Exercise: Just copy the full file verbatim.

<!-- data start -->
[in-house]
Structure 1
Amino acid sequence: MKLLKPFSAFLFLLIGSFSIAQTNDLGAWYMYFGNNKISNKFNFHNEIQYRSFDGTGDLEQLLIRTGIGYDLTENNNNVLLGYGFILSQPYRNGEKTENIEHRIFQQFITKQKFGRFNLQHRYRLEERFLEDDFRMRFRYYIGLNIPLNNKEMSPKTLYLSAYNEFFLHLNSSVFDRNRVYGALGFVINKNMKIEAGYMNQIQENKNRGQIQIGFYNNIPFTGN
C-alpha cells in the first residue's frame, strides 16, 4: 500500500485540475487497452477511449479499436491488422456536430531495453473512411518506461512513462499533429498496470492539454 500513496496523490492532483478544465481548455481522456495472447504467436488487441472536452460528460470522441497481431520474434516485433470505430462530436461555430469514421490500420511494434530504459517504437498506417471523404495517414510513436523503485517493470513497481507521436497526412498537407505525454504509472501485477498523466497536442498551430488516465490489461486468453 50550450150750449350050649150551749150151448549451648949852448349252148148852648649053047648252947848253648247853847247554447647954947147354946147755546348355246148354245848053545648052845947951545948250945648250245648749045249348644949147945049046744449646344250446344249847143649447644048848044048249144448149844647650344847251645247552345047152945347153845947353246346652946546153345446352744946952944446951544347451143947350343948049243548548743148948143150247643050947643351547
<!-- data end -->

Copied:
[in-house]
Structure 1
Amino acid sequence: MKLLKPFSAFLFLLIGSFSIAQTNDLGAWYMYFGNNKISNKFNFHNEIQYRSFDGTGDLEQLLIRTGIGYDLTENNNNVLLGYGFILSQPYRNGEKTENIEHRIFQQFITKQKFGRFNLQHRYRLEERFLEDDFRMRFRYYIGLNIPLNNKEMSPKTLYLSAYNEFFLHLNSSVFDRNRVYGALGFVINKNMKIEAGYMNQIQENKNRGQIQIGFYNNIPFTGN
C-alpha cells in the first residue's frame, strides 16, 4: 500500500485540475487497452477511449479499436491488422456536430531495453473512411518506461512513462499533429498496470492539454 500513496496523490492532483478544465481548455481522456495472447504467436488487441472536452460528460470522441497481431520474434516485433470505430462530436461555430469514421490500420511494434530504459517504437498506417471523404495517414510513436523503485517493470513497481507521436497526412498537407505525454504509472501485477498523466497536442498551430488516465490489461486468453 50550450150750449350050649150551749150151448549451648949852448349252148148852648649053047648252947848253648247853847247554447647954947147354946147755546348355246148354245848053545648052845947951545948250945648250245648749045249348644949147945049046744449646344250446344249847143649447644048848044048249144448149844647650344847251645247552345047152945347153845947353246346652946546153345446352744946952944446951544347451143947350343948049243548548743148948143150247643050947643351547